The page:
Working out on campus: your options

Pheobe Lai, Staff Reporter

Students who are looking for opportunities to work out have resources. CWU creates ways for students to enjoy working out and have fun, no matter if you are an athlete or just a student.

Personal Training

Personal Training Instructor Shantyle Black said personal training offers different types of groups and training sessions, such as individual training, partner training, small group training and new large group functional 50.

Black said personal training has no fixed workout format because the personal trainers value the client’s ideas the most.

“Each client or group comes up with their own goals, and then the trainers build off of their goals,” Black said.

Black said being consistent in going to the gym can be difficult for a lot of clients or just anyone in general getting started working out. She is there to not only offer help, but also push clients in the right direction from time to time.

“As a trainer, I’m responsible to hold the accountability on the clients to work towards their goals,” Black said.

Courtesy of CWU Recreation

One of the barriers stopping people from improving their ability is their mentality, according to Black. She said she was able to see the mental improvements over time in clients she worked with. 

“I feel like my job is to encourage my clients safely to push their limits on what they think they can do,” Black said.

Black is passionate about being a personal trainer and said she wants to be a physical education teacher when she graduates college. She also loves helping people feel comfortable in the gym. 

“The whole stereotype of trainers is aggressive and super serious and I don’t like to be that way,” Black said. “I like to be fun and encouraging.”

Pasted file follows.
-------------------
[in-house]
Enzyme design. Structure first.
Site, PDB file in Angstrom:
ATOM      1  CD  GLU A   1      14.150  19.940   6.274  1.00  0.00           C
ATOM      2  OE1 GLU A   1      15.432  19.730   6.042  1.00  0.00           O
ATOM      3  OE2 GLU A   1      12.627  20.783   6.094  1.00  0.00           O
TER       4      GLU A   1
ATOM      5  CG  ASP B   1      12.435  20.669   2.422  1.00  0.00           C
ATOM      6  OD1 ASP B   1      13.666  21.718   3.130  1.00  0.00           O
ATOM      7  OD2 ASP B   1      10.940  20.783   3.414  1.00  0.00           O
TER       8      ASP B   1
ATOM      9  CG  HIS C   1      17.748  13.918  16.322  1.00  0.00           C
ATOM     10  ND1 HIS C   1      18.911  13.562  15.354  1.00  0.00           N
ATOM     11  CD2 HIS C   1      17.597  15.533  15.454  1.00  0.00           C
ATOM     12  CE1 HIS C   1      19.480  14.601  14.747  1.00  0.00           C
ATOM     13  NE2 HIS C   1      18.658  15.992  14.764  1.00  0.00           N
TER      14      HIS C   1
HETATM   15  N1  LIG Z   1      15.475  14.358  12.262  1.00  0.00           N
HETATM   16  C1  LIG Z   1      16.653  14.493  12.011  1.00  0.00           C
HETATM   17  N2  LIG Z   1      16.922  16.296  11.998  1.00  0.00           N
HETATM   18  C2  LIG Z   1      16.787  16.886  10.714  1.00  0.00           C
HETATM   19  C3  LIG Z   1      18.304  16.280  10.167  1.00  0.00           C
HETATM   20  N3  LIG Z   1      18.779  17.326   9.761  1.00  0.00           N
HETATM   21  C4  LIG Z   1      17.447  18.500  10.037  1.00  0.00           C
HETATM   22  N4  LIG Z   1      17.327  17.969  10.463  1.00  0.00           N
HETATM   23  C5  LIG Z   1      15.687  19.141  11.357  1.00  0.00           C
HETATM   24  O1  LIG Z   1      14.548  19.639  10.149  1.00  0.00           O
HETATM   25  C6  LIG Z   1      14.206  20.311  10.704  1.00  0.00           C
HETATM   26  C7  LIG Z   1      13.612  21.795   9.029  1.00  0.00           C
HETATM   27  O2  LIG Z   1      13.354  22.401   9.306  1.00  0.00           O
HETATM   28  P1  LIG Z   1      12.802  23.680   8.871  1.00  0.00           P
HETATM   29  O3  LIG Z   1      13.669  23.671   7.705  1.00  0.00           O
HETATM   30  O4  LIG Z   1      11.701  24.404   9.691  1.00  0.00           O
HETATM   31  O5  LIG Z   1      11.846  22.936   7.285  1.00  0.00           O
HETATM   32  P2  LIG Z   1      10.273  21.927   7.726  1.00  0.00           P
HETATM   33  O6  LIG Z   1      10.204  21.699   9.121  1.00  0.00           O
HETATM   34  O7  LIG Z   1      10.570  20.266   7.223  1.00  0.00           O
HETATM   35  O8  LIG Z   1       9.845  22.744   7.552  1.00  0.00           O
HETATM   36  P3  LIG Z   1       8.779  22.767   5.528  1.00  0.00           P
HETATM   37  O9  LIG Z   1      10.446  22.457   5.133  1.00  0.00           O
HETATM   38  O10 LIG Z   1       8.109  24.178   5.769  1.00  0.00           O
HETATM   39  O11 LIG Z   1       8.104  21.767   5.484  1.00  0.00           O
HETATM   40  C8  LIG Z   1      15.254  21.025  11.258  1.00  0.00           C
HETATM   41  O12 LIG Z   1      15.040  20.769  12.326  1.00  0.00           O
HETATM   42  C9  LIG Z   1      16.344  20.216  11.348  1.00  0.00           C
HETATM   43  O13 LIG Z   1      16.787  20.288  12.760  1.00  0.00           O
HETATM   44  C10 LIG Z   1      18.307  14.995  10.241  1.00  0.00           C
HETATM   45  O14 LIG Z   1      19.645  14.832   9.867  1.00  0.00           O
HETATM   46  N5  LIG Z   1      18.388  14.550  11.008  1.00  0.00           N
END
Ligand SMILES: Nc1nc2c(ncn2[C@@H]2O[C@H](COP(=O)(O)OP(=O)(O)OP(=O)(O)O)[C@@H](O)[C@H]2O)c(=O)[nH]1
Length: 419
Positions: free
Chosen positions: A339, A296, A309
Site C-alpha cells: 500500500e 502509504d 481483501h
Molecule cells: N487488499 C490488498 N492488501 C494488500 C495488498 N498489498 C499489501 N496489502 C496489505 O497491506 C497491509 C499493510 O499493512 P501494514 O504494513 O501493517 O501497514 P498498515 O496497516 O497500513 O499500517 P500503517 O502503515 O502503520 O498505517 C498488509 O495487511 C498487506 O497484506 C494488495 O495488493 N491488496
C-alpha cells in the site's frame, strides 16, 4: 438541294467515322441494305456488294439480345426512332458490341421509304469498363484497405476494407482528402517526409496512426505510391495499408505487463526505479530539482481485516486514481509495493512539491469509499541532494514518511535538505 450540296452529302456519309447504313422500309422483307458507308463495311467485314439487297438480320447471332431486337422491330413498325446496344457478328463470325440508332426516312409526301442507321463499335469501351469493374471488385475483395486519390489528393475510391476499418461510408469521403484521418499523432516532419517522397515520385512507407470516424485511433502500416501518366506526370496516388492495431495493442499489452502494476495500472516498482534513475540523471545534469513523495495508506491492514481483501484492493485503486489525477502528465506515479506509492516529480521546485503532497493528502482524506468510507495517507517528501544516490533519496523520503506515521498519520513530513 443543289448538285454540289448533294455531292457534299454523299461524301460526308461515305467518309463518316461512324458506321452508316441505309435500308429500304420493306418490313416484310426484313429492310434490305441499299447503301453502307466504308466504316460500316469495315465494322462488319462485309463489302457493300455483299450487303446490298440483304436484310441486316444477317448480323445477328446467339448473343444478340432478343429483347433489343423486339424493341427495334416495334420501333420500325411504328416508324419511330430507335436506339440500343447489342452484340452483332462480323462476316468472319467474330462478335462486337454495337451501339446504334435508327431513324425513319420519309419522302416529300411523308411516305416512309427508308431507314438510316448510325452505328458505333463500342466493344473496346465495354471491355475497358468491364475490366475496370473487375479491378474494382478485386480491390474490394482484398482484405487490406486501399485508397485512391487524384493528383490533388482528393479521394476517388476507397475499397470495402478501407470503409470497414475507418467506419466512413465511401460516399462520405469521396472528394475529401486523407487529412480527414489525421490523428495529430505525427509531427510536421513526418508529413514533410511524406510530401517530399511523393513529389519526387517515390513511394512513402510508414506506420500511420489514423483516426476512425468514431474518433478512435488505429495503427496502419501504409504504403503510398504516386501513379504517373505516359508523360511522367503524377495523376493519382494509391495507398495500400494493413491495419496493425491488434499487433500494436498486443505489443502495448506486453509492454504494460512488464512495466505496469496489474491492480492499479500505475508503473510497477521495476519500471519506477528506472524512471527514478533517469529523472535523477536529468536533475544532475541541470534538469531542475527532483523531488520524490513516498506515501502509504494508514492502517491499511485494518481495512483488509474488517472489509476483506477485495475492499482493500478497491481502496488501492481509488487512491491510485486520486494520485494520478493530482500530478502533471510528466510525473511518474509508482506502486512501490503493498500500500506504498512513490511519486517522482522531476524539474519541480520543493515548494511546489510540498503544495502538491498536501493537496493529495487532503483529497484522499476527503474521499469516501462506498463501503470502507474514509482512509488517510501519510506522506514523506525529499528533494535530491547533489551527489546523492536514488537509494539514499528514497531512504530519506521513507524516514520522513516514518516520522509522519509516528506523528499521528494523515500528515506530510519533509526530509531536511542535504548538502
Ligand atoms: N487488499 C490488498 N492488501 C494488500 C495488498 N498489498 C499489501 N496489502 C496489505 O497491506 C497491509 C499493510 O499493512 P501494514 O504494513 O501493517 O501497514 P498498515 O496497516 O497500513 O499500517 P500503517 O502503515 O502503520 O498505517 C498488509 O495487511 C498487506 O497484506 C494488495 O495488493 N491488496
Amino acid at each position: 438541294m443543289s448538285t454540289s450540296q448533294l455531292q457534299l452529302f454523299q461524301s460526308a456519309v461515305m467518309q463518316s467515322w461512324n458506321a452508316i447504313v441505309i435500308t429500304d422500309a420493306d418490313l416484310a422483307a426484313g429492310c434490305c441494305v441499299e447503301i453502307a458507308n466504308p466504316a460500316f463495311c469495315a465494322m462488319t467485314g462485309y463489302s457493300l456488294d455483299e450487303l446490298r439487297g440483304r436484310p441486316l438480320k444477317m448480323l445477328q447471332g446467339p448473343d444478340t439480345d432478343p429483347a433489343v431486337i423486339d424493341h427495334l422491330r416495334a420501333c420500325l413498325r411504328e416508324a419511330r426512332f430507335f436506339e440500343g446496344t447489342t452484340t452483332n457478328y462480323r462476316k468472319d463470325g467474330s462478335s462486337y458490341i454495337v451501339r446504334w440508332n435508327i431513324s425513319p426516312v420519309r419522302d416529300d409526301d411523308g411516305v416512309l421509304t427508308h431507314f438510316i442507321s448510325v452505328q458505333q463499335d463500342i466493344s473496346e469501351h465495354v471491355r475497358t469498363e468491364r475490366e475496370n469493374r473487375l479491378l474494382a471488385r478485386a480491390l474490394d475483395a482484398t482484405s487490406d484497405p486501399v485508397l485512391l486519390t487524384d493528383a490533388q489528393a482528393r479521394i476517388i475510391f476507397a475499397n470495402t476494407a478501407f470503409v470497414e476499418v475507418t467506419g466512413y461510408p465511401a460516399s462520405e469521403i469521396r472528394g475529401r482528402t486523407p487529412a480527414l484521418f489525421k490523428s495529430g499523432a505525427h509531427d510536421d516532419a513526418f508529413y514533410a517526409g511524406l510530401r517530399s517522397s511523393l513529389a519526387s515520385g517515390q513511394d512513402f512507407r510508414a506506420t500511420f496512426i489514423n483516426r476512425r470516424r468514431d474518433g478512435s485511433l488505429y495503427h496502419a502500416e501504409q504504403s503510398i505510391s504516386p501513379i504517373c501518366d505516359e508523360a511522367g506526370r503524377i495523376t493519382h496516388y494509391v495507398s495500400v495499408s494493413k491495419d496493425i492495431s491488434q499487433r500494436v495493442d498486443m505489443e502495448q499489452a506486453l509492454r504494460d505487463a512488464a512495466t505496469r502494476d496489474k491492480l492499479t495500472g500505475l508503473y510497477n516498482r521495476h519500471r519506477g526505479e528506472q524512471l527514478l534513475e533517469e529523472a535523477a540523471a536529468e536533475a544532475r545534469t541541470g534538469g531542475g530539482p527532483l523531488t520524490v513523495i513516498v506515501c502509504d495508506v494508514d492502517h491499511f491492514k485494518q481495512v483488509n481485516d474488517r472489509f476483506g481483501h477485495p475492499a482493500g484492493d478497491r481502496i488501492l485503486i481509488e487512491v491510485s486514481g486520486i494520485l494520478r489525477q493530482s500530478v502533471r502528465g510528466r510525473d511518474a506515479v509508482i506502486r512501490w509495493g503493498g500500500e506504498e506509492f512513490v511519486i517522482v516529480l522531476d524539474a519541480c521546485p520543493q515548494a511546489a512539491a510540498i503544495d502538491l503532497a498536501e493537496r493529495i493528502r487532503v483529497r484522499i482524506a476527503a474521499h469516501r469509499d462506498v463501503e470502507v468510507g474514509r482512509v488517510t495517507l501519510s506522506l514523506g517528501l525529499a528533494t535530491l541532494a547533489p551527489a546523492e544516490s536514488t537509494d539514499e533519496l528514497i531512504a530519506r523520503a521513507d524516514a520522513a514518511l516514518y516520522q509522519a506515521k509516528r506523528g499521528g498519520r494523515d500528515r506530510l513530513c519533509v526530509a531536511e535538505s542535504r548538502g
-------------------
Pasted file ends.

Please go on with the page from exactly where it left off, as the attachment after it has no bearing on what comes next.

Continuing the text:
Strength and Conditioning

The CWU Strength and Conditioning coaches help athletes with their personal health goals. The coaches aim to improve athletic development techniques, coaching methods and facilities to offer an athletic development experience, according to

Director of Strength and Conditioning Erik Hoium said there are four main types of exercises in strength and conditioning: press, pull, power movement and structural.

“We like to utilize variation as much as possible, and by varying the ways we do that, we’ve been pretty successful,” Hoium said.

Press and pull exercises utilize either pushing or pulling weight, power movement exercises are olympic-type lifts and structural exercises include full body, strength based movements.

Mobility hour is one of the programs designed to help athletes in strength and conditioning, and it’s completely voluntary. According to Hoium, Strength and Conditioning coach Doug James has completely changed the program.

“Mobility hour is kind of Doug’s baby. It’s his thing. He has developed a very good program from his internship times,” Hoium said. “He is a very intelligent individual.”

Hoium said James and another Strength and Conditioning coach, Reed Guerin, are making the physical adjustments on a personal level for athletes to get the exercise they need. Hoium also mentioned injury prevention is the first priority.

“We want athletes to be bigger, faster and stronger, but no one’s happy if they’re big, fast, strong and sitting on the bench because they’re injured,” Hoium said.

Hoium said James and Guerin are both outstanding resources for athletes to work with. Guerin said seeing athletes improve their ability and thank him for pushing their limits is what drives him to be a better strength and conditioning coach.

“I’m here for them, and I’m going to push them to be the best version of themselves,” Guerin said.